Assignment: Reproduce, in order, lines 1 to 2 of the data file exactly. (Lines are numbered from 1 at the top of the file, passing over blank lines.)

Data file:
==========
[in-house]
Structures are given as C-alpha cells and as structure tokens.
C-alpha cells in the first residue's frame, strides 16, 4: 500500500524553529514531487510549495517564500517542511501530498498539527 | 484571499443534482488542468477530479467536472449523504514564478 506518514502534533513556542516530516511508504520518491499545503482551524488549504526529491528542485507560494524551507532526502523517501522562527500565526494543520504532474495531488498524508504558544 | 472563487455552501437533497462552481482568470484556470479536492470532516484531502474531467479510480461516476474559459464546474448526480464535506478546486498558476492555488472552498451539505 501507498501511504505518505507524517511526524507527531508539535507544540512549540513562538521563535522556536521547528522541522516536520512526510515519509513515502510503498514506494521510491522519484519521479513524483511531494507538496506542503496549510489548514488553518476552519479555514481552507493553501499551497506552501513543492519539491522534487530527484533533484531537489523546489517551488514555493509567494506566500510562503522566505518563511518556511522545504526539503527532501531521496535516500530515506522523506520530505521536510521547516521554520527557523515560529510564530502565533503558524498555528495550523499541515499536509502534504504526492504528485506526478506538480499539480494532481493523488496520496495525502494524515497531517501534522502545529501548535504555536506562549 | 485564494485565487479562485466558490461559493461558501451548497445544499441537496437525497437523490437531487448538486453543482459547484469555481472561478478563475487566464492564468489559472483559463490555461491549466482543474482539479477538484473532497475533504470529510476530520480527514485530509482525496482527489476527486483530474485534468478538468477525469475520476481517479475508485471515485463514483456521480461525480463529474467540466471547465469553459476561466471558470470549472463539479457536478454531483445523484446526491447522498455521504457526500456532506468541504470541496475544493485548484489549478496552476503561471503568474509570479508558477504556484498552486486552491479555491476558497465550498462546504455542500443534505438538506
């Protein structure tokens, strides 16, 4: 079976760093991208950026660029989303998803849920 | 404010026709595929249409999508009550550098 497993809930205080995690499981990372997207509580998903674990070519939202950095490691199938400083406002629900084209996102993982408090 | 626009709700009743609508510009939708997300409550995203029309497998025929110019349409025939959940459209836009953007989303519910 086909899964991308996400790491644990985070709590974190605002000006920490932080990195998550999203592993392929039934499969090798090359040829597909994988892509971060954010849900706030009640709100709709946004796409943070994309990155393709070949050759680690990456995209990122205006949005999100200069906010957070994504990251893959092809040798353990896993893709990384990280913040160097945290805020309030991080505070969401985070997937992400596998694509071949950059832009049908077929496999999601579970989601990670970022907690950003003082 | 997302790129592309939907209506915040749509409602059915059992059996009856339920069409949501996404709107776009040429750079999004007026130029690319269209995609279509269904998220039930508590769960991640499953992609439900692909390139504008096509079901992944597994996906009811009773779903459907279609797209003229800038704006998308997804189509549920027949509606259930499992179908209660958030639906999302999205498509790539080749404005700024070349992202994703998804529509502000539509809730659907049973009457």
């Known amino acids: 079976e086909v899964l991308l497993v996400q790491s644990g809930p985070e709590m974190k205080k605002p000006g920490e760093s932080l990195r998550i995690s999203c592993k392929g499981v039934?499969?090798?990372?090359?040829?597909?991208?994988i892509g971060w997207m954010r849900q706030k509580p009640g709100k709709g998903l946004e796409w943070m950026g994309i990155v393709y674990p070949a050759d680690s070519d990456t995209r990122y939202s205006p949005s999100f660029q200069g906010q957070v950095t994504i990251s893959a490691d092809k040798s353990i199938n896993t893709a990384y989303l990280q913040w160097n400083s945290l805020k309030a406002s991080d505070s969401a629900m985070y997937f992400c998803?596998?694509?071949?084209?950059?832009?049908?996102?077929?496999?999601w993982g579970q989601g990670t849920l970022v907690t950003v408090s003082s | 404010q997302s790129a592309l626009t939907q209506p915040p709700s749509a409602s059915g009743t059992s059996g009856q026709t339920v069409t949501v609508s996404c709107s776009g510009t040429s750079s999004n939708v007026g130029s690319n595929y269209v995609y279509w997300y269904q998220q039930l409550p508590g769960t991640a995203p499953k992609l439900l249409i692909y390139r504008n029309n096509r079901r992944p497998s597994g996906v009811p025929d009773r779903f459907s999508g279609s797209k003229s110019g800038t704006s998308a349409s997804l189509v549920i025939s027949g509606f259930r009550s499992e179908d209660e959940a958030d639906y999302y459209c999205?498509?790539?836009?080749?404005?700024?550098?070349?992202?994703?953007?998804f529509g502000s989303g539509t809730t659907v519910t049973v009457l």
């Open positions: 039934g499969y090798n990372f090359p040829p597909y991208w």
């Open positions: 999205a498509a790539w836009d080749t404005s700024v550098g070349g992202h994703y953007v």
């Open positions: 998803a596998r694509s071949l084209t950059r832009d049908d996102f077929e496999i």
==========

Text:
[in-house]
Structures are given as C-alpha cells and as structure tokens.